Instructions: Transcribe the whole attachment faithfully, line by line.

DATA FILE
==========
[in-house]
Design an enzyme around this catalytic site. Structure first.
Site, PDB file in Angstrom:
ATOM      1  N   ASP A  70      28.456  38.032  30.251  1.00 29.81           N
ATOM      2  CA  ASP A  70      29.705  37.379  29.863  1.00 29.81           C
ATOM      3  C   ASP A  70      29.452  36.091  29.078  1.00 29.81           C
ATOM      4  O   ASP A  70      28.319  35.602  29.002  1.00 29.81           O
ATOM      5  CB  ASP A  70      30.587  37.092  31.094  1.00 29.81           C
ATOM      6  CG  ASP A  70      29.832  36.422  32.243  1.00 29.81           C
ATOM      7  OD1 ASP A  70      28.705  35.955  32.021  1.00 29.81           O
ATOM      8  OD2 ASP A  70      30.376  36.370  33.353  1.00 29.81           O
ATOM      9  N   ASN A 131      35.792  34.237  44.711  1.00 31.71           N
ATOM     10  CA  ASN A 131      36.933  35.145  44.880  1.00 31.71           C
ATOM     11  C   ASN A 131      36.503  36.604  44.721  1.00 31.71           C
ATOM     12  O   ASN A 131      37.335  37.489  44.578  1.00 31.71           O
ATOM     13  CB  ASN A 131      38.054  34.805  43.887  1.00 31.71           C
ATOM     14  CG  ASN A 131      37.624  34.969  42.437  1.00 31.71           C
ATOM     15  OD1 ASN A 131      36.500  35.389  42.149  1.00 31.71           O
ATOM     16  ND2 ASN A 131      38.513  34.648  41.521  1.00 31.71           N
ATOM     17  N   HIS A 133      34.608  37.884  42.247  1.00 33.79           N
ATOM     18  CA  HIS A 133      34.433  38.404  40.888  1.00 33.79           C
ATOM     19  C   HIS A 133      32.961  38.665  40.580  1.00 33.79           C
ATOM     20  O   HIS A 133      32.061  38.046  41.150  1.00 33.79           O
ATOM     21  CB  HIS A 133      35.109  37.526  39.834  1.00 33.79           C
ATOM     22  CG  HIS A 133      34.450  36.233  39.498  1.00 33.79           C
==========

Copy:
[in-house]
Design an enzyme around this catalytic site. Structure first.
Site, PDB file in Angstrom:
ATOM      1  N   ASP A  70      28.456  38.032  30.251  1.00 29.81           N
ATOM      2  CA  ASP A  70      29.705  37.379  29.863  1.00 29.81           C
ATOM      3  C   ASP A  70      29.452  36.091  29.078  1.00 29.81           C
ATOM      4  O   ASP A  70      28.319  35.602  29.002  1.00 29.81           O
ATOM      5  CB  ASP A  70      30.587  37.092  31.094  1.00 29.81           C
ATOM      6  CG  ASP A  70      29.832  36.422  32.243  1.00 29.81           C
ATOM      7  OD1 ASP A  70      28.705  35.955  32.021  1.00 29.81           O
ATOM      8  OD2 ASP A  70      30.376  36.370  33.353  1.00 29.81           O
ATOM      9  N   ASN A 131      35.792  34.237  44.711  1.00 31.71           N
ATOM     10  CA  ASN A 131      36.933  35.145  44.880  1.00 31.71           C
ATOM     11  C   ASN A 131      36.503  36.604  44.721  1.00 31.71           C
ATOM     12  O   ASN A 131      37.335  37.489  44.578  1.00 31.71           O
ATOM     13  CB  ASN A 131      38.054  34.805  43.887  1.00 31.71           C
ATOM     14  CG  ASN A 131      37.624  34.969  42.437  1.00 31.71           C
ATOM     15  OD1 ASN A 131      36.500  35.389  42.149  1.00 31.71           O
ATOM     16  ND2 ASN A 131      38.513  34.648  41.521  1.00 31.71           N
ATOM     17  N   HIS A 133      34.608  37.884  42.247  1.00 33.79           N
ATOM     18  CA  HIS A 133      34.433  38.404  40.888  1.00 33.79           C
ATOM     19  C   HIS A 133      32.961  38.665  40.580  1.00 33.79           C
ATOM     20  O   HIS A 133      32.061  38.046  41.150  1.00 33.79           O
ATOM     21  CB  HIS A 133      35.109  37.526  39.834  1.00 33.79           C
ATOM     22  CG  HIS A 133      34.450  36.233  39.498  1.00 33.79           C